A.P.E. - Anti-Pressure Exerciser
Trumpet players know this story all too well.... To get those screaming high notes, there is a natural tendency to push the mouthpiece HARD against the chops. Often times too hard - to the point where you regret it later. Players know that more mouthpiece pressure can help to support weak or tired chops in order to continue playing. The downside is that too much pressure against the lips prevents proper blood flow, and you wear out even faster - and finally it's game over until you've had plenty of time to rest.
The Warburton A.P.E. helps you learn how to maintain a high quality full range buzz without applying excessive pressure.
Now available for Trumpet, Cornet, French Horn, and Tenor Trombone!
We are pleased to credit Dean Psarakis as the creator of the A.P.E. concept and initial design sketches!
Ken Titmus demonstrates the plastic model:
In this sequence of photos you will notice Ken is pressing harder in the second photo, and has completely closed off the air outlet in the third photo by applying too much pressure.
- By learning how to reduce mouthpiece pressure against the lips you will gain endurance.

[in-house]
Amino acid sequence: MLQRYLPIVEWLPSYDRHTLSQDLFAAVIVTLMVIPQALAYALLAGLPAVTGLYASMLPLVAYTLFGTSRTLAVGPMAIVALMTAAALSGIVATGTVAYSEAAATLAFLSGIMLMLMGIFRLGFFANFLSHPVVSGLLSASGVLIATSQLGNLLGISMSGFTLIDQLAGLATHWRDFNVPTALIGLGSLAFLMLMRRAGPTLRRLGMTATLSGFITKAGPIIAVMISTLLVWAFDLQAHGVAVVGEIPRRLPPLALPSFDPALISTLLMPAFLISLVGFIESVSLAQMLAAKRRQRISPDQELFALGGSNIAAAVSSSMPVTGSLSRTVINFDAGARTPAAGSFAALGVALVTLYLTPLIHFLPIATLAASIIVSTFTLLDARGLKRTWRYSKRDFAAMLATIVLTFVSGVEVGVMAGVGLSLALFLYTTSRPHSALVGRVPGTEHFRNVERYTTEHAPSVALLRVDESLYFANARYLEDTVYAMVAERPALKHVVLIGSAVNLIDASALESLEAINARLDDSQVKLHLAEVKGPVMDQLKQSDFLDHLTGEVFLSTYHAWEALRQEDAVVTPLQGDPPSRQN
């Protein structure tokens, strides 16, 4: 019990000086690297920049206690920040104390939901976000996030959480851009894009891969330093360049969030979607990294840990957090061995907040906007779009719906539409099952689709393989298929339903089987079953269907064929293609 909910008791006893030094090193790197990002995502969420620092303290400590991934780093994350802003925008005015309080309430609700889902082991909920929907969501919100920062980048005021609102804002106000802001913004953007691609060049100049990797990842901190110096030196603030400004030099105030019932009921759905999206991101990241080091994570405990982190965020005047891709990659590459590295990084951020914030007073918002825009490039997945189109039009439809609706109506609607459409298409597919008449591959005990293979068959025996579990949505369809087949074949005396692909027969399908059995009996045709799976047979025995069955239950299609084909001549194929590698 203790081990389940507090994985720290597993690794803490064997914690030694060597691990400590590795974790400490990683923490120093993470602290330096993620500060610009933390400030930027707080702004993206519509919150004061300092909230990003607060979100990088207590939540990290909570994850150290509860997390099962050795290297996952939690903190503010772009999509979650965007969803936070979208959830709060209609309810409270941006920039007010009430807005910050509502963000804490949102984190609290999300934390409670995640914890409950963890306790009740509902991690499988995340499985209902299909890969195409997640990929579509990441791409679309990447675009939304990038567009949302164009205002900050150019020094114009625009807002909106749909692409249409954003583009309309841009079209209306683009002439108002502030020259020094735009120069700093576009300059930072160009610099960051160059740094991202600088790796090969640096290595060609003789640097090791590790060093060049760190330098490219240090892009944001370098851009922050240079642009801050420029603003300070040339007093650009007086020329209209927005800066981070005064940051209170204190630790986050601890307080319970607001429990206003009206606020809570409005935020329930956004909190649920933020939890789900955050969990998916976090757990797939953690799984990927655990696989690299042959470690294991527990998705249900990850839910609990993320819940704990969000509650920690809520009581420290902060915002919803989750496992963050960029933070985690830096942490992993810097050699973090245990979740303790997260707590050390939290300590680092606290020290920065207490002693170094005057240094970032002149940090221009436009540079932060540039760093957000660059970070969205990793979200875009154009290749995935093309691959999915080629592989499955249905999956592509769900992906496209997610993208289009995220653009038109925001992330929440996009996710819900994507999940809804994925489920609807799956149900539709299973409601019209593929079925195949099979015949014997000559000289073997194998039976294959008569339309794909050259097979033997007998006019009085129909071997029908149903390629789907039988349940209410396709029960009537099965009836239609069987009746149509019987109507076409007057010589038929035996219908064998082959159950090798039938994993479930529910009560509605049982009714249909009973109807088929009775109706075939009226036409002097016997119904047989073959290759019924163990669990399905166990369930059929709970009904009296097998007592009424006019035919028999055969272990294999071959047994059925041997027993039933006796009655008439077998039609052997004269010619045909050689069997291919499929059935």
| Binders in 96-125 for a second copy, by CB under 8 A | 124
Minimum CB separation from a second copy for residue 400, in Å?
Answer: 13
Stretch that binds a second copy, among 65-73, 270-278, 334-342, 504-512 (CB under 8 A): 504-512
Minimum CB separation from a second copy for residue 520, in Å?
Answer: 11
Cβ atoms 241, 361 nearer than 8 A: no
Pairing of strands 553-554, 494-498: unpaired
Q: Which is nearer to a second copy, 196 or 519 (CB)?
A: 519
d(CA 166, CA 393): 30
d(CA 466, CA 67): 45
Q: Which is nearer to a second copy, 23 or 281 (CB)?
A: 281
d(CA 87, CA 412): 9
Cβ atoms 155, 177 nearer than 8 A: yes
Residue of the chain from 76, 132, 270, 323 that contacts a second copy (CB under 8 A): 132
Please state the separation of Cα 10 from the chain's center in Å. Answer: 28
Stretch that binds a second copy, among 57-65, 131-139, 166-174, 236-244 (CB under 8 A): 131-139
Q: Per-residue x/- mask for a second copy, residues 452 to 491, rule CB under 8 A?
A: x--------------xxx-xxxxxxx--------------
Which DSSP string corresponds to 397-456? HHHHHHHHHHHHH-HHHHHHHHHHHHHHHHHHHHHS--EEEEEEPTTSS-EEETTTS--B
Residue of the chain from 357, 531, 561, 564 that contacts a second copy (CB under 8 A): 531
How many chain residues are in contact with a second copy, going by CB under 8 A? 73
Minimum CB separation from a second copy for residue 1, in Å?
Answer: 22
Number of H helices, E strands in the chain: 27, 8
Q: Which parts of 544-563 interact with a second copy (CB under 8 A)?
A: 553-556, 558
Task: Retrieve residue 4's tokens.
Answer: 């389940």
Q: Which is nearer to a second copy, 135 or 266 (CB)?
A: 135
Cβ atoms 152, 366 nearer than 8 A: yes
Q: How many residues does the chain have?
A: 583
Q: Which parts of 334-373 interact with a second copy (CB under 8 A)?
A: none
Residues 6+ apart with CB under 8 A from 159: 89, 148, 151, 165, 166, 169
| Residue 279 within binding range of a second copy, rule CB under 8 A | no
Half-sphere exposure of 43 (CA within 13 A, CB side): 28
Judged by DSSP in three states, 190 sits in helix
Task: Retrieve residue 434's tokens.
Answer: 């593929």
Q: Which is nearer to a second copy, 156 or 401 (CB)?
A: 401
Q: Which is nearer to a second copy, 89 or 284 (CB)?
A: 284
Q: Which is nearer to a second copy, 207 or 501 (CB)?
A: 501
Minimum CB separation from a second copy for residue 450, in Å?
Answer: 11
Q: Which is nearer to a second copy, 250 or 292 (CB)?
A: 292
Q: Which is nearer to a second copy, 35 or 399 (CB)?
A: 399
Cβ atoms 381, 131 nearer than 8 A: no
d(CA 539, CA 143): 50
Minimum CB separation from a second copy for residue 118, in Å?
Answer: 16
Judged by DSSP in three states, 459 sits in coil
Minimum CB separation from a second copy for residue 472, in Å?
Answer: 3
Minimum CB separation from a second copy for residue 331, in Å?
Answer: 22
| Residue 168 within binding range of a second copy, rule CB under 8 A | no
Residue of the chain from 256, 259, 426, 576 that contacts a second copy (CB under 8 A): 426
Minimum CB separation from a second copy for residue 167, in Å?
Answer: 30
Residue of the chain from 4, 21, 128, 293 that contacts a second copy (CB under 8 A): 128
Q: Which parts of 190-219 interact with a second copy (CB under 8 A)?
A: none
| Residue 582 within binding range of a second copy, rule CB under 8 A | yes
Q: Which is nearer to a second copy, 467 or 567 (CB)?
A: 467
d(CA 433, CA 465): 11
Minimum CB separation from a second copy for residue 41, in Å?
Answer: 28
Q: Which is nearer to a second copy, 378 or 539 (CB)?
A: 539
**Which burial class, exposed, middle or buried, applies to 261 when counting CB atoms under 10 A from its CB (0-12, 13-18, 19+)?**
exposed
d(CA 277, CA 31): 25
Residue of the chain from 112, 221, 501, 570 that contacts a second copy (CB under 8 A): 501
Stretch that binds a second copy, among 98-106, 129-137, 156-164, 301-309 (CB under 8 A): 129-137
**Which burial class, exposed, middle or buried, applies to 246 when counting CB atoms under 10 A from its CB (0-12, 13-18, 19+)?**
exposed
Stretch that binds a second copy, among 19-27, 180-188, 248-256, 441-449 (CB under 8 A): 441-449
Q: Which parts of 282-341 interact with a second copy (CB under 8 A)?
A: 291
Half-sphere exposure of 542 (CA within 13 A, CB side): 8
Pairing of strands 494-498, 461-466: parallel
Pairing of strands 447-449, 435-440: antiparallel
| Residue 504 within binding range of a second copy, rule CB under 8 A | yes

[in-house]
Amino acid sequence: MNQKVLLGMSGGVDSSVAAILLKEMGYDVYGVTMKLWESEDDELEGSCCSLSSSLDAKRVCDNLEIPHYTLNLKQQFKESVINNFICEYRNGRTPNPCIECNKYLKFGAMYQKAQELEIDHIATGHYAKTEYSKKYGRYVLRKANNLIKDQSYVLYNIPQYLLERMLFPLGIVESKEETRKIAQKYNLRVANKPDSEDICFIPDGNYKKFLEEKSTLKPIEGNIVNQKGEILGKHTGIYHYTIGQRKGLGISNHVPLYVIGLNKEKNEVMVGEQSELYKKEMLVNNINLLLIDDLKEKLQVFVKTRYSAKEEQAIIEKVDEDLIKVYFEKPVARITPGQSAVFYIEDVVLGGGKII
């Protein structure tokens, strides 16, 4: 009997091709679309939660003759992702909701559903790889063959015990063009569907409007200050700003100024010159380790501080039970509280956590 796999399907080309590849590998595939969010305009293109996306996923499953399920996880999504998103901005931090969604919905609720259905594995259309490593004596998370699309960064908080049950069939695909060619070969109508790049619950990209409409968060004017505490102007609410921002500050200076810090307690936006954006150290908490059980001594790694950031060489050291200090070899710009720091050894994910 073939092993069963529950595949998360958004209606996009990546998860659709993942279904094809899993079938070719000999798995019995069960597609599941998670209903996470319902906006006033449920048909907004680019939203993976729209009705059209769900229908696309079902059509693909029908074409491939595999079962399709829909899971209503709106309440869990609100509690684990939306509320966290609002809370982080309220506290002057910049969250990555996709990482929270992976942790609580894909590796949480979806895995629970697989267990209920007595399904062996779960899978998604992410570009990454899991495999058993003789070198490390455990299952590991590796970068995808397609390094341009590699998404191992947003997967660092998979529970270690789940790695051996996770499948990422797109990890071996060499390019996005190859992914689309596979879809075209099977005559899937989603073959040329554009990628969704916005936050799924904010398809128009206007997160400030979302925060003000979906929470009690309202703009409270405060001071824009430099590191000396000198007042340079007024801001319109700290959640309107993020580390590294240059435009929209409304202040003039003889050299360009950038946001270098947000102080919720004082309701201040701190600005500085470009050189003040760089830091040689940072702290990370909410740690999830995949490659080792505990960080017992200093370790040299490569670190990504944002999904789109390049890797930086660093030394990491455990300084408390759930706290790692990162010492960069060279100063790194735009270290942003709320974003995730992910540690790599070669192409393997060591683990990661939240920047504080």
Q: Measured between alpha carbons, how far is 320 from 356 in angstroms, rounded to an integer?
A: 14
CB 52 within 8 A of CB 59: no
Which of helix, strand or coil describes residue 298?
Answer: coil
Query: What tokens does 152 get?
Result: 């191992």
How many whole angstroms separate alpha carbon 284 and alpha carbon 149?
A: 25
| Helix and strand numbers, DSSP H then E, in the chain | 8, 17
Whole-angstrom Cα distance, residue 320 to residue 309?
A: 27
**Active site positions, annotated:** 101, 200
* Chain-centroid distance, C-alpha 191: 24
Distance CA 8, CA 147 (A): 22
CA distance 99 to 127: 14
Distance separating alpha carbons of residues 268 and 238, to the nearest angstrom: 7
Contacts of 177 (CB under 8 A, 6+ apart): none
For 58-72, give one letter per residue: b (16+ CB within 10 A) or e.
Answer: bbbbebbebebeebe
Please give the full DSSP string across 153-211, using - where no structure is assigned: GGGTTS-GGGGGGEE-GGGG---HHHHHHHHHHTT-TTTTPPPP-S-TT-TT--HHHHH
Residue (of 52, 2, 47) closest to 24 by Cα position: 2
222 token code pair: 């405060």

- Sound quality will improve because you're also learning how to maintain the best quality buzz.
- Without the trumpet "in the way", you can focus strictly on learning what mouthpiece angle and embouchure/aperture/lip set works best for you - just by listening to the quality of the buzz.
How does it work?
It's easy to use - just plug your mouthpiece into it and start buzzing in the lower range. Then increase the pitch of your buzz as if playing a scale.
As you ascend higher up the scale you will naturally start to press the mouthpiece harder against your lips. The harder you press, the more you will compress the spring - which in turn will cause the air outlet to begin closing. If you're pressing too hard, the air outlet closes and the buzz stops because the air cannot escape.
With practice you will learn to ascend higher and higher up the scale without closing off the air escape.
In order to keep the the A.P.E. working as smoothly, you may find it helpful to occasionally clean any debris that might accumulate (pocket lint, etc) between the sliding pieces. A weak detergent solution followed by rinsing with water and drying with a lint free cloth will work fine for this cleaning.
One final tip: be sure to push on the A.P.E. evenly from both sides and in a straight line to ensure smooth sliding operation of the parts.
Here you can see the air outlet hole and end of the mouthpiece inserted into the A.P.E.:
Spring not compressed and the air outlet is wide open. No problem buzzing in this position.
Spring slightly compressed and the air outlet is staring to close. You will start feeling more back pressure in this position.
Spring is compressed even further by more mouthpiece pressure and the air outlet is almost closed. Buzzing is starting to get very difficult because of the back pressure.
Too much mouthpiece pressure has compressed the spring enough that the air outlet is closed. Buzzing cannot continue until you reduce the mouthpiece pressure enough to open the air outlet hole.